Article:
Gluten is the name for the storage proteins found in wheat, rye, barley, spelt and other closely related cereal grains. It acts as a binder and gives lovely structure and elasticity to breads and baked goods. Some people are either sensitive to gluten, or are afflicted with celiac disease.

In celiac sufferers, the gluten protein triggers an inflammatory response, damaging the villi projections of the intestinal tract and resulting in malabsorption of valuable nutrients. There may be many symptoms, including anything from painful abdominal cramping and bloating, to skin rashes, to psychological distress; however, some people may report no physical symptoms at all.

Celiac disease affects about 1 in 100 people, and the only treatment so far is lifelong avoidance of eating gluten. Some of the many other conditions that could possibly benefit from a gluten-free diet include diabetes, chronic fatigue syndrome, arthritis, irritable bowel syndrome, Crohn’s disease, ulcerative colitis, autism and attention deficit hyperactivity disorder (ADHD).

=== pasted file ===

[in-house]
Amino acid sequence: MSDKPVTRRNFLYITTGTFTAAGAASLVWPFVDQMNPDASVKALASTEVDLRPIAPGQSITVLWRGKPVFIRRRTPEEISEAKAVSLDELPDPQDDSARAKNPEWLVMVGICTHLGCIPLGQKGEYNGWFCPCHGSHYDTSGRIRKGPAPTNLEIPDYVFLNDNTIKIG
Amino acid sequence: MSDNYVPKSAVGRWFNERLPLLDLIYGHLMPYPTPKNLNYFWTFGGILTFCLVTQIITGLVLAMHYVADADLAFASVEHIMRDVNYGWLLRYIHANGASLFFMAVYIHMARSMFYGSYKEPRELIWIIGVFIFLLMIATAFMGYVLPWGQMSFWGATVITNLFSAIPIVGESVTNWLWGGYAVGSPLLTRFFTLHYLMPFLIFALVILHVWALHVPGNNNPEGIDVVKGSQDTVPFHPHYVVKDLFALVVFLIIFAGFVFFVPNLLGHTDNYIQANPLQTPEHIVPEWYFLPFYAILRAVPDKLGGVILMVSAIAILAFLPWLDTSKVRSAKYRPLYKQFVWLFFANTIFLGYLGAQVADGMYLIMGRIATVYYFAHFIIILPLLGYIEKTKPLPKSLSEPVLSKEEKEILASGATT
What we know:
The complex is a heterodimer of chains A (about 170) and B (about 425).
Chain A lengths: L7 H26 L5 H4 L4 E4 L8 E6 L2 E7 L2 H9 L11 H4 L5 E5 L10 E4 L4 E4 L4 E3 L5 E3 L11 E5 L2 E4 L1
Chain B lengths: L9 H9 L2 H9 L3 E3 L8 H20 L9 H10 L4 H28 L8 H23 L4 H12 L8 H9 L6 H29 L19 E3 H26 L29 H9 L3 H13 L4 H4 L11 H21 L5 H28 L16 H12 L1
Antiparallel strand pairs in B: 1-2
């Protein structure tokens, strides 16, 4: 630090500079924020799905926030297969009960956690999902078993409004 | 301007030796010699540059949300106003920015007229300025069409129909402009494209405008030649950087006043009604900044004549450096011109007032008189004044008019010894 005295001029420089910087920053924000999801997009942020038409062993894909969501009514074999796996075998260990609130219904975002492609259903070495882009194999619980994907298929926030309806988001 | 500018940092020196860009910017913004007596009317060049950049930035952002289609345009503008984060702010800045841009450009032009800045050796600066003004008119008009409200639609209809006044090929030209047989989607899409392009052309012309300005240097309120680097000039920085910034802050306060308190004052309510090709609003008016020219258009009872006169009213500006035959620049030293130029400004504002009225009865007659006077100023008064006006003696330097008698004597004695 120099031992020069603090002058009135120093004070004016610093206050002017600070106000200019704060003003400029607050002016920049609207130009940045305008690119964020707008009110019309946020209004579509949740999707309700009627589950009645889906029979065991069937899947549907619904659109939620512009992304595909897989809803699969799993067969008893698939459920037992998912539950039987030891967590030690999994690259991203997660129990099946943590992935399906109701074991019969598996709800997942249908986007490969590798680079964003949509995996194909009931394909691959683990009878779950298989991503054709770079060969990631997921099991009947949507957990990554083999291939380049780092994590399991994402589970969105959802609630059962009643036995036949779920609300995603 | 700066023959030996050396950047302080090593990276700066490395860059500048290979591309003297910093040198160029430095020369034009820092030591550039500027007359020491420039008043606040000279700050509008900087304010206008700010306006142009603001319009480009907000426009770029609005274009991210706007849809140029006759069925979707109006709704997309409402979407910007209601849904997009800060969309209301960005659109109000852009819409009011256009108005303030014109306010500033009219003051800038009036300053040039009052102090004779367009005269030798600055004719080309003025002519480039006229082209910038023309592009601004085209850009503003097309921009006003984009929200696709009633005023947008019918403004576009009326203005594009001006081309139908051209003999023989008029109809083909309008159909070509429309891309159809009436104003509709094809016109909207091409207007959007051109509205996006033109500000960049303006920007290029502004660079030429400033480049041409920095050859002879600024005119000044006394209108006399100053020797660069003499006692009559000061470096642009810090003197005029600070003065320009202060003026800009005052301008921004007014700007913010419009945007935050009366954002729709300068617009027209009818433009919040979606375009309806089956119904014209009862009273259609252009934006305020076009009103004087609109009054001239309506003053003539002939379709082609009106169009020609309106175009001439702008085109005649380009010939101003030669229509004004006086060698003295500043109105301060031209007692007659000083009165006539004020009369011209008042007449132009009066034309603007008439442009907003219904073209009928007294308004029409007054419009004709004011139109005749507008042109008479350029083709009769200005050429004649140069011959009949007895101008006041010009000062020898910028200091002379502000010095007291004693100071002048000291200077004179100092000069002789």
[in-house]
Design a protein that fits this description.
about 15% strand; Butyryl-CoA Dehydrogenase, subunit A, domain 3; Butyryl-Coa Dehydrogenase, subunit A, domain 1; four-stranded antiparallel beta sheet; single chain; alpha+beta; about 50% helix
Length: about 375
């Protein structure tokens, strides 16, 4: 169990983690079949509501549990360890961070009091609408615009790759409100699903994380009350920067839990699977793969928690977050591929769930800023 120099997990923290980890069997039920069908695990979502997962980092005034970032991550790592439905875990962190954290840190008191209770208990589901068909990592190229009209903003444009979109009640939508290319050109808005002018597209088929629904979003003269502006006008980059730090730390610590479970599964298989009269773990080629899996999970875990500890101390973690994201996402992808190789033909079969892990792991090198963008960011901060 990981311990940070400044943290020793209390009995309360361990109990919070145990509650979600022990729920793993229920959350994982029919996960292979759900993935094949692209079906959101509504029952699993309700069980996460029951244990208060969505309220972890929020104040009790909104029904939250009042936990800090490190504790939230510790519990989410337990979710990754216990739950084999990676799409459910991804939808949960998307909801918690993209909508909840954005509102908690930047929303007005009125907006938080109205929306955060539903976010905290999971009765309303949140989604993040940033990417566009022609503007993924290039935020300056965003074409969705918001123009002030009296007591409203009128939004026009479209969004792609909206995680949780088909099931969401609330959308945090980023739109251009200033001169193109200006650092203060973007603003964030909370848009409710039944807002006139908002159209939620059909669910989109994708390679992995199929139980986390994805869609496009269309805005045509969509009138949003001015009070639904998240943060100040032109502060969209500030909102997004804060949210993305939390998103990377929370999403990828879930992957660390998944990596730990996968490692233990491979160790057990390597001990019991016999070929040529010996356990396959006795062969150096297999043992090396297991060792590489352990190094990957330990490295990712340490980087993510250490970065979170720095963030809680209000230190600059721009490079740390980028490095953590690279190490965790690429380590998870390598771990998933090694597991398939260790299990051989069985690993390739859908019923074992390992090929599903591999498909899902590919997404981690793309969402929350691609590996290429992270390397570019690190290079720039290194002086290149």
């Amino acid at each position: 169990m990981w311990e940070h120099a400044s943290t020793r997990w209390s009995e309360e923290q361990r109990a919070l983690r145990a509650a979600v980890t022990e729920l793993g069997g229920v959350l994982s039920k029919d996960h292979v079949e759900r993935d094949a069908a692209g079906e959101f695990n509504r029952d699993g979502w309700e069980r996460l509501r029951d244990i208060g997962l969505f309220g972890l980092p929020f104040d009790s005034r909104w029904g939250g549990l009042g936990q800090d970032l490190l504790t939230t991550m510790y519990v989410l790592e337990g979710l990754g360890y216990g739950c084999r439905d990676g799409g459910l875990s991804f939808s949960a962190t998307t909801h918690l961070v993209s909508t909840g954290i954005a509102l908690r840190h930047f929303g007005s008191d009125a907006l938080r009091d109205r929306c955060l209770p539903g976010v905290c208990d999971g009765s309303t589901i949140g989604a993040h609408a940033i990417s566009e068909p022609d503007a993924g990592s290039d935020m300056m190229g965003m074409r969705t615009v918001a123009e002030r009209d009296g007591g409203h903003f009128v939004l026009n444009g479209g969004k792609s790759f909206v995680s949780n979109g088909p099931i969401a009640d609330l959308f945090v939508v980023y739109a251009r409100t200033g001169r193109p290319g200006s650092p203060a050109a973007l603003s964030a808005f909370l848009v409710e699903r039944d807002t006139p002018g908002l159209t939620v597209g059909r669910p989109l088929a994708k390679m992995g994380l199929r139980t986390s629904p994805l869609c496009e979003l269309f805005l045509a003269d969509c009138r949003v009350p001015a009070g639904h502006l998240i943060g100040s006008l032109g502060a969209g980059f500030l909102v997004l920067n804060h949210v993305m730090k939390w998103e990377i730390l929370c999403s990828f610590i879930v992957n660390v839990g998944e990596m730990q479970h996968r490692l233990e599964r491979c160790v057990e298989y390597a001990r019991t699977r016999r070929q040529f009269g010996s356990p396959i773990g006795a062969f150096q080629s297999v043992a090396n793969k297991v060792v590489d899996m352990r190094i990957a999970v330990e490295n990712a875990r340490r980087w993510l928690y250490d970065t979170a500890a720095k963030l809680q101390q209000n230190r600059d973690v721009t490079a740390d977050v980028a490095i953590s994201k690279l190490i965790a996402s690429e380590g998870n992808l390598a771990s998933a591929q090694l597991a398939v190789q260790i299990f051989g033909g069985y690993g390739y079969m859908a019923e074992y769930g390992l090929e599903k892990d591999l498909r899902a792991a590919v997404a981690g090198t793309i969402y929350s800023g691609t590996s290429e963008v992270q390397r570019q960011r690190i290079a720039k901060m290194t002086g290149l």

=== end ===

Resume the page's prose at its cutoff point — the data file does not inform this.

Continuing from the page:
Always consult your primary care physician before cutting gluten out of your diet. To properly test for celiac disease you will need to be eating gluten for a period of time beforehand.

Find out more from the Canadian Celiac Association.